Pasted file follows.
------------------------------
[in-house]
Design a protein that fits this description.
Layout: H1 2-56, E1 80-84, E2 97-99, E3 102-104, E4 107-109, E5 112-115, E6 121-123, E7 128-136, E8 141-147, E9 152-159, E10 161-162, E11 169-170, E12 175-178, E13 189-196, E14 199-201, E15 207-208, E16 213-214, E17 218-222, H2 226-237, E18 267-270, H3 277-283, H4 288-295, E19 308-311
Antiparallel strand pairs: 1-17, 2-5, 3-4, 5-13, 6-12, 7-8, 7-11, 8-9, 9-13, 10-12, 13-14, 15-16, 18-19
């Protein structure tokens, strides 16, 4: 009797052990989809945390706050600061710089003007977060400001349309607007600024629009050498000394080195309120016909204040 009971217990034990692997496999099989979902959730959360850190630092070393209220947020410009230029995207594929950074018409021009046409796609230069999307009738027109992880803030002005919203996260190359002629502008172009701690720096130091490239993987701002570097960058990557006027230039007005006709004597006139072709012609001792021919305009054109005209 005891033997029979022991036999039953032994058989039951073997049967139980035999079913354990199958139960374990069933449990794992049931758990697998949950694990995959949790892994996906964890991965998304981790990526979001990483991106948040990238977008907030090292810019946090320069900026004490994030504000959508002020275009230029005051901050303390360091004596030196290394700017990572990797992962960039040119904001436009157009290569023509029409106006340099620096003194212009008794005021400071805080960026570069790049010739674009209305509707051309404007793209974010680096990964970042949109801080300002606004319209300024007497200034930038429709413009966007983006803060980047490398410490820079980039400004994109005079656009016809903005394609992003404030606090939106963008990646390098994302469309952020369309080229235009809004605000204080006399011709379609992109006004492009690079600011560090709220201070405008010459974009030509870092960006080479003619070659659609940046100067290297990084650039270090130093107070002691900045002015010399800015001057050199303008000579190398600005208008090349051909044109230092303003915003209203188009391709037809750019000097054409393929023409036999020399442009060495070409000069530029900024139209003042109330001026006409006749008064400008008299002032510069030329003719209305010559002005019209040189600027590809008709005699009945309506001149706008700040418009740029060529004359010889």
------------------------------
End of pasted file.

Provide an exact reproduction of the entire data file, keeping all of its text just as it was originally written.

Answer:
[in-house]
Design a protein that fits this description.
Layout: H1 2-56, E1 80-84, E2 97-99, E3 102-104, E4 107-109, E5 112-115, E6 121-123, E7 128-136, E8 141-147, E9 152-159, E10 161-162, E11 169-170, E12 175-178, E13 189-196, E14 199-201, E15 207-208, E16 213-214, E17 218-222, H2 226-237, E18 267-270, H3 277-283, H4 288-295, E19 308-311
Antiparallel strand pairs: 1-17, 2-5, 3-4, 5-13, 6-12, 7-8, 7-11, 8-9, 9-13, 10-12, 13-14, 15-16, 18-19
């Protein structure tokens, strides 16, 4: 009797052990989809945390706050600061710089003007977060400001349309607007600024629009050498000394080195309120016909204040 009971217990034990692997496999099989979902959730959360850190630092070393209220947020410009230029995207594929950074018409021009046409796609230069999307009738027109992880803030002005919203996260190359002629502008172009701690720096130091490239993987701002570097960058990557006027230039007005006709004597006139072709012609001792021919305009054109005209 005891033997029979022991036999039953032994058989039951073997049967139980035999079913354990199958139960374990069933449990794992049931758990697998949950694990995959949790892994996906964890991965998304981790990526979001990483991106948040990238977008907030090292810019946090320069900026004490994030504000959508002020275009230029005051901050303390360091004596030196290394700017990572990797992962960039040119904001436009157009290569023509029409106006340099620096003194212009008794005021400071805080960026570069790049010739674009209305509707051309404007793209974010680096990964970042949109801080300002606004319209300024007497200034930038429709413009966007983006803060980047490398410490820079980039400004994109005079656009016809903005394609992003404030606090939106963008990646390098994302469309952020369309080229235009809004605000204080006399011709379609992109006004492009690079600011560090709220201070405008010459974009030509870092960006080479003619070659659609940046100067290297990084650039270090130093107070002691900045002015010399800015001057050199303008000579190398600005208008090349051909044109230092303003915003209203188009391709037809750019000097054409393929023409036999020399442009060495070409000069530029900024139209003042109330001026006409006749008064400008008299002032510069030329003719209305010559002005019209040189600027590809008709005699009945309506001149706008700040418009740029060529004359010889």